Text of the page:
The good news is: Consumers hold all the power. We can choose to keep our money local, supporting our public infrastructure, schools, hospitals and neighbors in doing so. Small businesses employ 47 percent of U.S. workers and have been one of the hardest-hit sectors during the pandemic. Yet, if every U.S. family spent just $10 a month at one small business, $9.3 billion would reenter our local economies. 

As we head into the peak shopping season of 2021, here are some tips to ensure your dollars are working for, not against, you. 

Buying Less Is Better Than Buying Now, Paying Later 

The greatest gift I received last year was a pillow. It wasn’t the biggest or most expensive (although a good night’s sleep in my opinion is priceless), but it was well thought out. 

I’d complained about my lack of desire to shop for the sleep necessity months before to my mother—who remembered and cared enough to do it for me.  It wasn’t the pillow itself that brought me joy, it was the kind action.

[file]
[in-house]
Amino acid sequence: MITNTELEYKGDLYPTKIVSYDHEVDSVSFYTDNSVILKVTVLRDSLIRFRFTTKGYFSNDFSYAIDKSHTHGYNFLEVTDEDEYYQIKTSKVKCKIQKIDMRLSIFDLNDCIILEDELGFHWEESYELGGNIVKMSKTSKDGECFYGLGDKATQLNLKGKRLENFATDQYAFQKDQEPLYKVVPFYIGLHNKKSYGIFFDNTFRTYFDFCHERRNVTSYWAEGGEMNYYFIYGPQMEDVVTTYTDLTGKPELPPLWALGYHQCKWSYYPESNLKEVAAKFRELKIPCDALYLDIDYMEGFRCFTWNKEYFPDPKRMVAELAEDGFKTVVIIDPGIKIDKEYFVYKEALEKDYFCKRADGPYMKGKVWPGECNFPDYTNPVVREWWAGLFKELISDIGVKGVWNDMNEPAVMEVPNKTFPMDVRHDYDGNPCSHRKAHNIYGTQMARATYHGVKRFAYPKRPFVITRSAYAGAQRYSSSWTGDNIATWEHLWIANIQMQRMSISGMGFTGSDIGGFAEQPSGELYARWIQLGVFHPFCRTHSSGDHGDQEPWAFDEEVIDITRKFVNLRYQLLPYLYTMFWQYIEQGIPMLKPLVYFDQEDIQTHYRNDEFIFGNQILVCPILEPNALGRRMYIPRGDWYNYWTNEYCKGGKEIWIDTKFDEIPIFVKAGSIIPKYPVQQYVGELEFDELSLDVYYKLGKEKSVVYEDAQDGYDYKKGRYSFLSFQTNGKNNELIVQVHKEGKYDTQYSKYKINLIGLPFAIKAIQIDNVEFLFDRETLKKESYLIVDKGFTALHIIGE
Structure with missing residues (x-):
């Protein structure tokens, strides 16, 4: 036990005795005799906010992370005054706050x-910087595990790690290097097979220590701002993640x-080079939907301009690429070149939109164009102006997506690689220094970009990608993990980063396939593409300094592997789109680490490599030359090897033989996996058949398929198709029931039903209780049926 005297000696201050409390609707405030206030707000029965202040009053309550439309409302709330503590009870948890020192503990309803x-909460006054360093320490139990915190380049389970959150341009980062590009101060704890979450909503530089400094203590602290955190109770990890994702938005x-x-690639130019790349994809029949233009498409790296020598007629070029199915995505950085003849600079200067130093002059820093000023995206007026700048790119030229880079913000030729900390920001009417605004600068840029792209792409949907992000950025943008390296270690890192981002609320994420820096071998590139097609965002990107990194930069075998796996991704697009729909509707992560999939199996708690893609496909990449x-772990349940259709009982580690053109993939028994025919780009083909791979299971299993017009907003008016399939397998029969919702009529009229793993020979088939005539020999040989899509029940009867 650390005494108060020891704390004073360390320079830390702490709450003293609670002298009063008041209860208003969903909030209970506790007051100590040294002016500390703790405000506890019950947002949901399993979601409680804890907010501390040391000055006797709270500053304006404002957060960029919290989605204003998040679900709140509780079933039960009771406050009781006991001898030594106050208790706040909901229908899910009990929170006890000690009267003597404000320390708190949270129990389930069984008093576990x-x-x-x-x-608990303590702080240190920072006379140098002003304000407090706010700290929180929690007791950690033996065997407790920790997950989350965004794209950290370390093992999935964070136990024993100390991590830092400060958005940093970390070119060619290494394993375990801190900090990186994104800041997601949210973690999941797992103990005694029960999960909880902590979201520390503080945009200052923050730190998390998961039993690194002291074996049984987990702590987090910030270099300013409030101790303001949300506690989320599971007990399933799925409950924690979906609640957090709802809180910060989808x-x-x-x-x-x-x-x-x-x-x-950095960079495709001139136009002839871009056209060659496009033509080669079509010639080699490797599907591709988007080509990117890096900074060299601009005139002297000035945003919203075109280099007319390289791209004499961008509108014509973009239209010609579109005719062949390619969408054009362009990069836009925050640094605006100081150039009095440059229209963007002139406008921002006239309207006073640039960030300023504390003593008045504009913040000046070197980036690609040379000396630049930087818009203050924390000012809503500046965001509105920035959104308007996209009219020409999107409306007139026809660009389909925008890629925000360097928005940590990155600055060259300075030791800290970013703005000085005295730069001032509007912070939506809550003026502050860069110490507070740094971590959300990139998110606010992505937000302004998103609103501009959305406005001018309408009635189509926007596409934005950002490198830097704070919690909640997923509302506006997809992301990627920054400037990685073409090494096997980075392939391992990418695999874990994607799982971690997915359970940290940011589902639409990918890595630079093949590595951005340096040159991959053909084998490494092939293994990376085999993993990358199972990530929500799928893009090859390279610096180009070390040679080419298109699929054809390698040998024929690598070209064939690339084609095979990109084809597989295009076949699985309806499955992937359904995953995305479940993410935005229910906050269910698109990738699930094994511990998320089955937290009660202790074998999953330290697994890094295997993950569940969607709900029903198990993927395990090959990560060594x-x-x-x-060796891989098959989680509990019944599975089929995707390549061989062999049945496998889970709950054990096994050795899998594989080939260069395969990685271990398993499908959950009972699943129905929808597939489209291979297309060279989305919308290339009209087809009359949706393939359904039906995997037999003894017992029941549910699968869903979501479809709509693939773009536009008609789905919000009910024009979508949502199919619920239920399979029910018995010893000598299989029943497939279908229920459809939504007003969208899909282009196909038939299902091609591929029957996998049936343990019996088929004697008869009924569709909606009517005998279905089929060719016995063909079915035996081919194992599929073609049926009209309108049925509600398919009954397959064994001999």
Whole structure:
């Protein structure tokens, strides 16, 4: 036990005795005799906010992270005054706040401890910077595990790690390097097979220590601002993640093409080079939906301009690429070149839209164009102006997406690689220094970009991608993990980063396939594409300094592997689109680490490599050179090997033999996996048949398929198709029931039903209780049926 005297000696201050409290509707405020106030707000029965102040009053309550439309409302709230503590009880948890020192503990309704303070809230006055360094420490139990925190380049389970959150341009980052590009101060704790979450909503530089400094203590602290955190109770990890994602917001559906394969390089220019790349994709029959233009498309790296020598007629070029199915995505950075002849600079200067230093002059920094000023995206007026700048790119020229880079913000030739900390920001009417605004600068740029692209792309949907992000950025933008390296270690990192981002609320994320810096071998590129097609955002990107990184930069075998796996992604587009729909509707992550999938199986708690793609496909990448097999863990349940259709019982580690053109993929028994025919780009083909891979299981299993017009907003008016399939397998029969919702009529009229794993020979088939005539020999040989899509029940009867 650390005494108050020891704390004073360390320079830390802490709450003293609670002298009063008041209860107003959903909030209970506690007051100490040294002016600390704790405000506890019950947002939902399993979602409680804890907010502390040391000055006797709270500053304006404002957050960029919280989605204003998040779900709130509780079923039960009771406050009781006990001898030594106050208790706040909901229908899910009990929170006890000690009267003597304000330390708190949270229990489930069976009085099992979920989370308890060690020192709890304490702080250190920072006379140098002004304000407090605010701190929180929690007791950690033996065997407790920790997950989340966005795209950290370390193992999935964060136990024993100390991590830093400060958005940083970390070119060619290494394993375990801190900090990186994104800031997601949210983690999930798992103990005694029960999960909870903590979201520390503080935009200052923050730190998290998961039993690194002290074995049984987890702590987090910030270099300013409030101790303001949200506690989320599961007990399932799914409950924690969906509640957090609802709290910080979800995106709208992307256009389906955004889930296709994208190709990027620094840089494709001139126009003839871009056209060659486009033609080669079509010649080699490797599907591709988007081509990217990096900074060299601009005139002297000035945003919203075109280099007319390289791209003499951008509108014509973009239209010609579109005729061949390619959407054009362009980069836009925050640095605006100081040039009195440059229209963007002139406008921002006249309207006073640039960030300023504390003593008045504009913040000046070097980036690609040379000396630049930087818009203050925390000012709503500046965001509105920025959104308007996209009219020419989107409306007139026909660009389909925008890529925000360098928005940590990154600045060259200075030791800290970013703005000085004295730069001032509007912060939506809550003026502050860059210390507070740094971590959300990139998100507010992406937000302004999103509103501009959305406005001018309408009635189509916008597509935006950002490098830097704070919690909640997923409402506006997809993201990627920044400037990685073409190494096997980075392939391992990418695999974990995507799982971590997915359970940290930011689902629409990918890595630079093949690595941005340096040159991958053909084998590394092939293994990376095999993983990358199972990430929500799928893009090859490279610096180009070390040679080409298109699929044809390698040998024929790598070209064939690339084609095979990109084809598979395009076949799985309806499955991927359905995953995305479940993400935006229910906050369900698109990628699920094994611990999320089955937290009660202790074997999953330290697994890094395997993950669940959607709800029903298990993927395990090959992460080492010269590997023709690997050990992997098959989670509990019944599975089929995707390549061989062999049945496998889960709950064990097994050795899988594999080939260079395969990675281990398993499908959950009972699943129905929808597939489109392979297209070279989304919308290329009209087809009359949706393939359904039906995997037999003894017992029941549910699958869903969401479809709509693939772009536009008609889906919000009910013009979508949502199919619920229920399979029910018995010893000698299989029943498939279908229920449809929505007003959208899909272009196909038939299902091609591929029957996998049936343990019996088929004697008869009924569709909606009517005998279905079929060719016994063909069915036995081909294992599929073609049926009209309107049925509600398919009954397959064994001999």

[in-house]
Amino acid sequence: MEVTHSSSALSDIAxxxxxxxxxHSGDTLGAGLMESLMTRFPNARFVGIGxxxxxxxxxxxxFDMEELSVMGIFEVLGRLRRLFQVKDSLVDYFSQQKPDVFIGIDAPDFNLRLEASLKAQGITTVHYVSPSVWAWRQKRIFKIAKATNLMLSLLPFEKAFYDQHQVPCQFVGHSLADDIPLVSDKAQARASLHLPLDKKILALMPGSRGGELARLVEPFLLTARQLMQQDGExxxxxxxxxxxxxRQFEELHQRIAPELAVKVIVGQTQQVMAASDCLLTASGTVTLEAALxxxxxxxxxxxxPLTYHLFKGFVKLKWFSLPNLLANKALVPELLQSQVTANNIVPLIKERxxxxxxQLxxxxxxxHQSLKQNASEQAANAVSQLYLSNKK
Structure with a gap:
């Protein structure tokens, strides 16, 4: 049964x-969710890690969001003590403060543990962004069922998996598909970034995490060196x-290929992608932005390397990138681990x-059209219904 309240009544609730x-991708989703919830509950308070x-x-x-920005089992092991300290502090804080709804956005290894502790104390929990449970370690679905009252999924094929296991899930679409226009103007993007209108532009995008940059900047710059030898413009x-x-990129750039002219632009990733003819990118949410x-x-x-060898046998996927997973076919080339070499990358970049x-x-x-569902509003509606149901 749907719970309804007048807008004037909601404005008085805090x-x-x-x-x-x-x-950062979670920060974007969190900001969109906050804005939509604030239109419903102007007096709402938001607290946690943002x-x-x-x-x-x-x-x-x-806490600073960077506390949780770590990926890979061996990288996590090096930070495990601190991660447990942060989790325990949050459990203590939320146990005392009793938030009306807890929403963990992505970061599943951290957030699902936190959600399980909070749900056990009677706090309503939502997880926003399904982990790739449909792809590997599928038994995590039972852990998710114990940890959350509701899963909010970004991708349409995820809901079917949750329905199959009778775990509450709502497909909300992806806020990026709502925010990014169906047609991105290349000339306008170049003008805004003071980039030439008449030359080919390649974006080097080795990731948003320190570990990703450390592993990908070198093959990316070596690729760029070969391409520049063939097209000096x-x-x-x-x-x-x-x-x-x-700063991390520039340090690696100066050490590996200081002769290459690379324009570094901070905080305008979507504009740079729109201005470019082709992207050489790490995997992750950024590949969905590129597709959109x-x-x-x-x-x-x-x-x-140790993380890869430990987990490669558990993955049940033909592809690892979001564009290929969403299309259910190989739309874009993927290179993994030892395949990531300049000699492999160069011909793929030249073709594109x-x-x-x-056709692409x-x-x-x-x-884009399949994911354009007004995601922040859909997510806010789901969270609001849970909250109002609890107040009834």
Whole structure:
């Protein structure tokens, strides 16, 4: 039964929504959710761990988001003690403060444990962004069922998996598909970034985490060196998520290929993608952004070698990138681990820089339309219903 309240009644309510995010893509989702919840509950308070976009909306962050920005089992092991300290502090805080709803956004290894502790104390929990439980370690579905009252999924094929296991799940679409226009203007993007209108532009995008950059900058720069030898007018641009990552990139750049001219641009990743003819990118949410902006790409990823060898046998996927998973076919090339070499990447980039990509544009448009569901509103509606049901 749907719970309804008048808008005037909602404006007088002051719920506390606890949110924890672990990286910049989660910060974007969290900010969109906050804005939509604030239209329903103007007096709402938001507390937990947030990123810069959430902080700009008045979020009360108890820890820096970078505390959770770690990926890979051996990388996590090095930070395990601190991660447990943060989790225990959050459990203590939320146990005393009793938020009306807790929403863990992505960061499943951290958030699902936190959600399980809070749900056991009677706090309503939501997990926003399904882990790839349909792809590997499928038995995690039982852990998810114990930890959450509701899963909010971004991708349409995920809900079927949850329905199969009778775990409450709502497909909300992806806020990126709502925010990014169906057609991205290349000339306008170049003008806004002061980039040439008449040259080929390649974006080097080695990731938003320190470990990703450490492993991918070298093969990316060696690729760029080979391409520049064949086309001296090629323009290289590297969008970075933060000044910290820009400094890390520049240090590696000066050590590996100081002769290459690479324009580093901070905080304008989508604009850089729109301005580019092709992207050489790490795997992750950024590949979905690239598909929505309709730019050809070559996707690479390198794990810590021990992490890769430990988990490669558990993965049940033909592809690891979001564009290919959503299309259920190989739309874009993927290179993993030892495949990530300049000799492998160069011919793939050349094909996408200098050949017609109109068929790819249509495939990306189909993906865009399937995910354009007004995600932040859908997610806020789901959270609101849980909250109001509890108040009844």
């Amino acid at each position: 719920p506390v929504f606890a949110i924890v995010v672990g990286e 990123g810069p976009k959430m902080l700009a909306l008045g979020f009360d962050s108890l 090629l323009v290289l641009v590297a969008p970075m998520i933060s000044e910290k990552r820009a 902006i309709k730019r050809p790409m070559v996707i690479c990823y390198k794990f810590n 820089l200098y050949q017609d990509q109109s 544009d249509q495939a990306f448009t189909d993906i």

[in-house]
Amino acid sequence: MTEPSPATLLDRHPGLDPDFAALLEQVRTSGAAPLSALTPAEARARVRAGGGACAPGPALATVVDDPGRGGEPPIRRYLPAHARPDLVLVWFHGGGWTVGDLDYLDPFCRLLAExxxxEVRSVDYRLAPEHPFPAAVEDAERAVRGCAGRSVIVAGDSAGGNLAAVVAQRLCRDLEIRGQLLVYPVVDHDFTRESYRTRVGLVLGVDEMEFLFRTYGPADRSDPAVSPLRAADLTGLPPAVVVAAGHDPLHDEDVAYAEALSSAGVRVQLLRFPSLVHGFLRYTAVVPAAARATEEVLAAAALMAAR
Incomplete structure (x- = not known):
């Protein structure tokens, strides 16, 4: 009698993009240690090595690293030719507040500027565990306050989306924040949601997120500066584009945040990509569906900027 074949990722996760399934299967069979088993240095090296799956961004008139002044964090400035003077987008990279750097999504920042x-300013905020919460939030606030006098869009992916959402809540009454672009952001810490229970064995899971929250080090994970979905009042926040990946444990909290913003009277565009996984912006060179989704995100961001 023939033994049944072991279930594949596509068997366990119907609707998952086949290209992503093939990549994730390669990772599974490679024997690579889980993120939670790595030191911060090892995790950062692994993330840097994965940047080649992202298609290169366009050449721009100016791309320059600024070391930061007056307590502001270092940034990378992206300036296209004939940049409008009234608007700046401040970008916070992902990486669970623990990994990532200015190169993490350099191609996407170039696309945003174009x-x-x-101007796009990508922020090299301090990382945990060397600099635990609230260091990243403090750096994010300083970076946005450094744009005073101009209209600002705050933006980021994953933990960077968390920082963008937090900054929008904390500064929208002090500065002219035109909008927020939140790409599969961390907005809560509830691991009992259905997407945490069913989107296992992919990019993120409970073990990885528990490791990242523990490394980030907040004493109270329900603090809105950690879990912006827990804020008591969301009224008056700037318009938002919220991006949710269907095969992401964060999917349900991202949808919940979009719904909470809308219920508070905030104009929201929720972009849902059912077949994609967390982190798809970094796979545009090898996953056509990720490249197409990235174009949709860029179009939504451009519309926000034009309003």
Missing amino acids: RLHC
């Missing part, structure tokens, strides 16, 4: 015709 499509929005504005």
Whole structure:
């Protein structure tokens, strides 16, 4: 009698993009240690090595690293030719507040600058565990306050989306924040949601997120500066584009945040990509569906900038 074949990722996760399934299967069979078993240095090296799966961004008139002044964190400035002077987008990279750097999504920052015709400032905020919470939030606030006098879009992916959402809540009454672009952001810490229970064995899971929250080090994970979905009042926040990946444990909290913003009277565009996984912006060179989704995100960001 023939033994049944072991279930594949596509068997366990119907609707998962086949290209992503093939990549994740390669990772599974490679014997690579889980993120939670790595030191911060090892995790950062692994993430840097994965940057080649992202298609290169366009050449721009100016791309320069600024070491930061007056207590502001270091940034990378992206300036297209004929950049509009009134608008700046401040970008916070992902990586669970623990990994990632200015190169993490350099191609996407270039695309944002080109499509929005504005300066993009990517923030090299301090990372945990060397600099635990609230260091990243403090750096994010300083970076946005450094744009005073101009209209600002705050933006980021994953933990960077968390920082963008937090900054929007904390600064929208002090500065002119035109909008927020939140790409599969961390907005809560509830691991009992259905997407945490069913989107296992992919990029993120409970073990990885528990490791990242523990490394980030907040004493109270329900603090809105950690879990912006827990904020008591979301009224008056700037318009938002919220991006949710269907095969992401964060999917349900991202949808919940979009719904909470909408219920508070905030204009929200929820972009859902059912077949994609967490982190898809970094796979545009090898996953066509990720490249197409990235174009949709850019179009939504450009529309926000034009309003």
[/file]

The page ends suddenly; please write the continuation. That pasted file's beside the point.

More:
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This is something I think about when I look at the trend cycles that are moving faster than ever. Our acquisitive habits are responsible for the $240 billion that Americans spent on goods like jewelry, watches and gadgets in 2017, according to the Bureau of Economic Analysis. That’s twice as much as we spent in 2002, back when I was designing my Nikes.

It doesn’t help that retail strategies like “buy now, pay later” are designed to entice our mindless impulses. These point-of-sale lending programs may seem like they support shoppers by allowing us to pay for purchases in manageable installments, but in reality, they create an illusion of giving us something for very little, while encouraging us to buy more. Some even leave us on the hook for late charges and damaged credit scores, which left unchecked could become our generation’s version of the ‘90s credit card crisis.